DVD/Stream of the Week: The Hunger Games: Catching Fire

The Hunger Games: Catching Fire is another gripping episode from the popular and acclaimed young adult fiction trilogy by Suzanne Collins. Just like The Hunger Games, it’s a well-paced, well-acted and intelligent sci-fi adventure fable. And it’s yet another showcase role for Jennifer Lawrence.

To review, the story is set in the future, where several generations after a rebellion, an authoritarian government plucks teenagers from the formerly rebellious provinces to fight to the death in a forest. It’s all broadcast on reality TV for the entertainment of the masses. Children killing children – it doesn’t get much harsher than that.

This time, the malevolent tyrant picks his gladiators from the winners (i.e., survivors) of the past Games. Because they have survived by killing off the other children, they could constitute their own PTSD support group; they range from emotionally fragile to raging bonkers. This adds a particularly flavorful set of roles, acted especially deliciously by Jeffrey Wright, Amanda Plummer and Jena Malone.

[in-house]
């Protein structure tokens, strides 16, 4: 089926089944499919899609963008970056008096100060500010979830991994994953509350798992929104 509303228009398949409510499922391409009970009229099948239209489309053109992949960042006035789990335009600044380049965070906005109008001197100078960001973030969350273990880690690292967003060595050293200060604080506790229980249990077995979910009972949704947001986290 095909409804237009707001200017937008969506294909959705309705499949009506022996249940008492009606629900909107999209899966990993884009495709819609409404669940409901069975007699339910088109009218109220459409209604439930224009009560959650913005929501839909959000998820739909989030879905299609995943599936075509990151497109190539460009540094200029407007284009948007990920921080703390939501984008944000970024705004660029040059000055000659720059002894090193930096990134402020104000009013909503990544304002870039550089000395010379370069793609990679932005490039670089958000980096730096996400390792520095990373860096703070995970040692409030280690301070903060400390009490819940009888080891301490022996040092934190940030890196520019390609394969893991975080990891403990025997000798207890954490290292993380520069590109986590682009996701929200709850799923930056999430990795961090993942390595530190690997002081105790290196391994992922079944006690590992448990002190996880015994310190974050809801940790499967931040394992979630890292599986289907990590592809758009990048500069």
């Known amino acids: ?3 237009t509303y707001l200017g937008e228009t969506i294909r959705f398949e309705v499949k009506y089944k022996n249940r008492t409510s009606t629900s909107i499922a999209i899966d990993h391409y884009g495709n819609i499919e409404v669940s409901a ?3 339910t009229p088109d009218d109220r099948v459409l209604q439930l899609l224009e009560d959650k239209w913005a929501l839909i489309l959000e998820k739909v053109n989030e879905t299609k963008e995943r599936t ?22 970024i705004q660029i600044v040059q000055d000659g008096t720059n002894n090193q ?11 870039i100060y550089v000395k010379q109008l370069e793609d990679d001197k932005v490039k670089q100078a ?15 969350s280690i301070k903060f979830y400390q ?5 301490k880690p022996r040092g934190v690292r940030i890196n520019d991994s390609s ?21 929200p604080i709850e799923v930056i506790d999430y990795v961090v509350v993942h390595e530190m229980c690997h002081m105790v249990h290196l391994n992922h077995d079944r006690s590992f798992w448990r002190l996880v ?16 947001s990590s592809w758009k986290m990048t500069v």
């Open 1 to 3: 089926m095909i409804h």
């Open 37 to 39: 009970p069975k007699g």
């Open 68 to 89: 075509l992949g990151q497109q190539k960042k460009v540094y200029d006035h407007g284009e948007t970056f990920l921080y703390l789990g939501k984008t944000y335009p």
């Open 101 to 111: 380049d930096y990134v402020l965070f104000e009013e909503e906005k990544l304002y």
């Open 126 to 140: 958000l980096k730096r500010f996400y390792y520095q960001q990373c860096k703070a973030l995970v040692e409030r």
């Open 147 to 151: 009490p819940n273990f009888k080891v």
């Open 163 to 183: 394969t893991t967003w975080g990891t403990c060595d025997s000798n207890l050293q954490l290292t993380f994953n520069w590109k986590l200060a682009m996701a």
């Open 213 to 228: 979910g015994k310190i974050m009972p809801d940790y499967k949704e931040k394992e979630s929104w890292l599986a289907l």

The main purpose of a second act is to tee up the third, and Catching Fire is very successful, with the help of a new character played by Philip Seymour Hoffman (who, sadly, will not complete the sequels). Francis Lawrence (no relation to Jennifer) does a fine job directing his first Hunger Games movie – and he’s set to direct the final chapter in the trilogy (which will actually be two movies – The Hunger Games: Mockingjay – Part 1 and – Part 2).

[Gary Ross, the director of the original The Hunger Games, is in pre-production on two new Jennifer Lawrence movies – Burial Rites from the Hannah Kent novel and Steinbeck’s East of Eden (where Lawrence’s role is the one played by Julie Harris in the 1955 Elia Kazan/James Dean version).]

But, at the end of the day, it’s all about Jennifer Lawrence, who must carry the movie as she plays the determined and resourceful Appalachian heroine. She’s an amazing screen presence, capable of believably portraying both panic attacks and action hero sequences. She’s worth the price of admission all by herself.

The source material may be aimed at tweens, but I haven’t met an adult yet who hasn’t enjoyed and been impressed with The Hunger Games or The Hunger Games: Catching Fire. HG: Catching Fire is available on DVD from Netflix and Redbox and streaming from Amazon, iTunes, Vudu, YouTube, Google Play and Xbox Video.

Movies to See Right Now

AMERICAN HUSTLE
AMERICAN HUSTLE

The Palestinian Omar is a heartbreaking romance inside a tense thriller; Omar is nominated for the Best Foreign Language Oscar. The Chilean drama Gloria is about an especially resilient 58-year-old woman. Harder to find, Stranger by the Lake is an effective French thriller with LOTS of explicit gay sex.